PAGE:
Rick Bowmer, Associated Press
In this Monday, Jan. 22, 2018 photo, Republican Sen. Lincoln Fillmore looks on from the Senate floor at the Utah State Capitol, in Salt Lake City.

SALT LAKE CITY — The Utah Senate gave preliminary approval Thursday to legislation intended to help equalize school funding across the state.

SB145, sponsored by Sen. Lincoln Fillmore, R-South Jordan, advanced to a third reading in the Senate by a vote of 20-6.

The legislation would set aside $36 million from the state’s education fund to increase the minimum funding level for school districts statewide, adding funding each year.

It would provide $1.5 million for Necessarily Existent Small Schools and provide $25 million for student busing costs to be phased in over five years.

The bill also would expand the definition of at-risk students to include children experiencing homelessness, which means districts that serve them would qualify for at-risk funding enhancements.

The overarching goal is to close disparities in school funding.

While the state appropriates an equal sum to school districts and charter schools on a per-student basis through the weighted pupil unit, school districts also rely on local property taxes.

Revenues generated through local property tax revenues vary greatly across the state, Fillmore said. School districts with higher property values are able to generate more property tax revenue than those with lower property values.

Young families with children tend to migrate to areas with lower housing prices, which means growth in school-age populations but lower property tax yields to serve their educational needs.

"It simply has to do with realities of geography and demographics," Fillmore said.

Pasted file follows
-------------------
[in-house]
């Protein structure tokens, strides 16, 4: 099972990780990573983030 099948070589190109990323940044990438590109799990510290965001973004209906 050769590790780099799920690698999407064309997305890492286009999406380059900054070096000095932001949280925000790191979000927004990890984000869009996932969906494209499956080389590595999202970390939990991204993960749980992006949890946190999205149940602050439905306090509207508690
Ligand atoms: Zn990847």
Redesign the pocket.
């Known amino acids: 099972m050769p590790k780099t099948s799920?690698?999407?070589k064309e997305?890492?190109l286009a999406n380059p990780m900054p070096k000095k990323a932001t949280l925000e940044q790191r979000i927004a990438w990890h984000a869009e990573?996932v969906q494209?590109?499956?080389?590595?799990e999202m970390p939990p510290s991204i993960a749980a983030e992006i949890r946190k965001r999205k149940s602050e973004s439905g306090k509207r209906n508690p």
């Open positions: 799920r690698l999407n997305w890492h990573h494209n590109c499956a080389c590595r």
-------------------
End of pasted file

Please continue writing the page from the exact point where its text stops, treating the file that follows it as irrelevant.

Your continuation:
For example, it's 3 miles between Salt Lake City and North Salt Lake in Davis County, but "education funding goes down by $2,100 per student,” he said.

While there is general agreement that the Legislature needs to address funding equity, there are competing ideas about how to accomplish that.

Even though Rep. Brad Last, R-Hurricane, is the House sponsor of Fillmore's bill, he has his own proposal in the House, HB293.

HB293 would raise $36 million through a property tax freeze and potentially capture $125 million by 2022. The bill has been assigned to the House Education Committee but has not yet undergone a hearing.

Ultimately, compromise between the approaches may be brokered via "the legislative process," Fillmore said.

While some senators offered enthusiastic support for Fillmore's bill, others such as Sen. Lyle Hillyard, R-Logan, expressed concern that some districts will not benefit from SB145 if it means a reduction in the weight pupil unit.

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But others, including Sen. Howard Stephenson, R-Draper, said it is the Utah Legislature's fault that there are "savage inequities" in student funding among districts.

At the time of statehood, early Utah leaders agreed "we'd have a socialized education system. That's what we agreed to," Stephenson said.

"There is one thing worse than socialism — inequitable socialism,” he said.

Hillyard rejected the argument, noting that local school districts could generate more local revenue by raising property taxes but many are loath to do it.

"Granted, we could do more," he said.